Absolute Annihilation: TOS #20: “The Alternative Factor”

Kirk wrestles with a bizarre pair of near-duplicate antagonists whose meeting threatens to wipe out the entire universe.



  • This is in the running for worst Trek episode ever, with an incoherent premise, overwrought acting, and sloppy writing and direction.
  • The story set-up is routine: the Enterprise is conducting a survey of an ordinary, albeit arid, planet. (With an “oxygen-hydrogen” atmosphere, says Spock – really? Presumably scripters meant oxygen-nitrogen.)
  • Then some violent event rocks the ship, and who knows what else, which we see depicted as an image of the Trifid Nebula (https://en.wikipedia.org/wiki/Trifid_Nebula) – not the galaxy, as Cushman says – that is superimposed over our view of the bridge, and whirls in and out for a few moments, then stops. What was that? Spock announces that it’s as everything suddenly ‘winked-out’ – a moment of nonexistence. Moreover, the formerly barren planet below now shows evidence of a single human on the surface.
  • Three plot lines commence.
  • First, a crew beams down to the planet surface – yet another episode filmed at Vasquez Rocks – where they discover the lone human, a crazed man named Lazarus who talks about battling an enemy in a ‘holy cause’, an enemy who destroyed an entire civilization and who must be killed. They take him up to the Enterprise.
  • Second, a Lt. Commander Charlene Masters reports to Kirk that the event has drained the ship’s dilithium crystals, without which the ship’s orbit will decay in 10 hours. [Another instance of the Trek physics issue that orbits decay unless the ship maintains constant power.] Kirk orders her to ‘reamplify’ the crystals, and subsequently we see Masters and her assistant doing so in a special Engineering set we’ve not seen before.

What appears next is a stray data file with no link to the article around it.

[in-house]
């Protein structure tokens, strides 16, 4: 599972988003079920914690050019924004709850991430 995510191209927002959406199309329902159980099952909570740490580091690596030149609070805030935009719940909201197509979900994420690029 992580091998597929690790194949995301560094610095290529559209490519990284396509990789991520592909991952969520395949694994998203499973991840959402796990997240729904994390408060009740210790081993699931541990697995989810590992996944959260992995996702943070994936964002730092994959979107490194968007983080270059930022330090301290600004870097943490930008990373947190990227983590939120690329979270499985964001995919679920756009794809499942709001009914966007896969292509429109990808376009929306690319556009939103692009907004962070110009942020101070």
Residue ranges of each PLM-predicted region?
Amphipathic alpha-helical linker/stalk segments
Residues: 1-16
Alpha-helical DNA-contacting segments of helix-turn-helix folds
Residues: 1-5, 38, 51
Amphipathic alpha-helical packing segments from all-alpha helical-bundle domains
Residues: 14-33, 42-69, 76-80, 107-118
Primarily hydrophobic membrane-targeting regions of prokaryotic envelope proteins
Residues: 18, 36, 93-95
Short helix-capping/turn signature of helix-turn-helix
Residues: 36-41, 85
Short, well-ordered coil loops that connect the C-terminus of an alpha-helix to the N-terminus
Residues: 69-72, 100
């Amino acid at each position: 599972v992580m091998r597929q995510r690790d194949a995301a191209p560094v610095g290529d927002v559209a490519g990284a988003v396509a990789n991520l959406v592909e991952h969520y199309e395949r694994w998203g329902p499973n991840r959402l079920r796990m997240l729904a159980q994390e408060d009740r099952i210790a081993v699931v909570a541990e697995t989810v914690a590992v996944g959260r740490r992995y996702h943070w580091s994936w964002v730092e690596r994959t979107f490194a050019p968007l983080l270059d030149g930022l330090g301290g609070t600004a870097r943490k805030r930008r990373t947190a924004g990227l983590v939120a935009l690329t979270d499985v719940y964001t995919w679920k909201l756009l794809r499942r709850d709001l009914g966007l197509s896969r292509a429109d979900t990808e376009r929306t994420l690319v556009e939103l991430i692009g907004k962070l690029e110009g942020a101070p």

• Third, Kirk learns from a commodore at Starfleet Command (apparently they have instantaneous communication) that this blinking-out effect has appeared over a wide area, “and far beyond”, and this commodore is ordering evacuation of all Starfleet units and personnel within 100 parsecs. (Really?? 100 parsecs? *Evacuation*? Of hundreds and people and facilities out of an area 100 parsecs around?) Leaving the Enterprise to handle this problem all by itself.
    • Because it was dumb luck that the Enterprise just happened to be near the planet where this cosmos-threatening winking-out event occurred. What greater coincidence could there be in all of literature or pop-culture?
  • Sloppy writing: once aboard the Enterprise, Lazarus is allowed to just roam around the ship. We see the ‘blinking out’/Triffid Nebula effect again and again, and though no one else apparently notices, we see that Lazarus changes: the raving maniac with a bandage on his forehead is switched for a calmer, rational Lazarus with no wound to the forehead. McCoy does notice, but by the time he notifies Kirk, the effect has happened again.
  • For some reason Lazarus hears about the dilithium crystals, and for some reason they are exactly what he needs for his own little ship – a bubble-headed saucer prop perched down among Vasquez Rocks – and plots to steal them. (Curiously, there’s never a plot point about investigating this little spaceship.) This involves Masters and her crystal recharging room.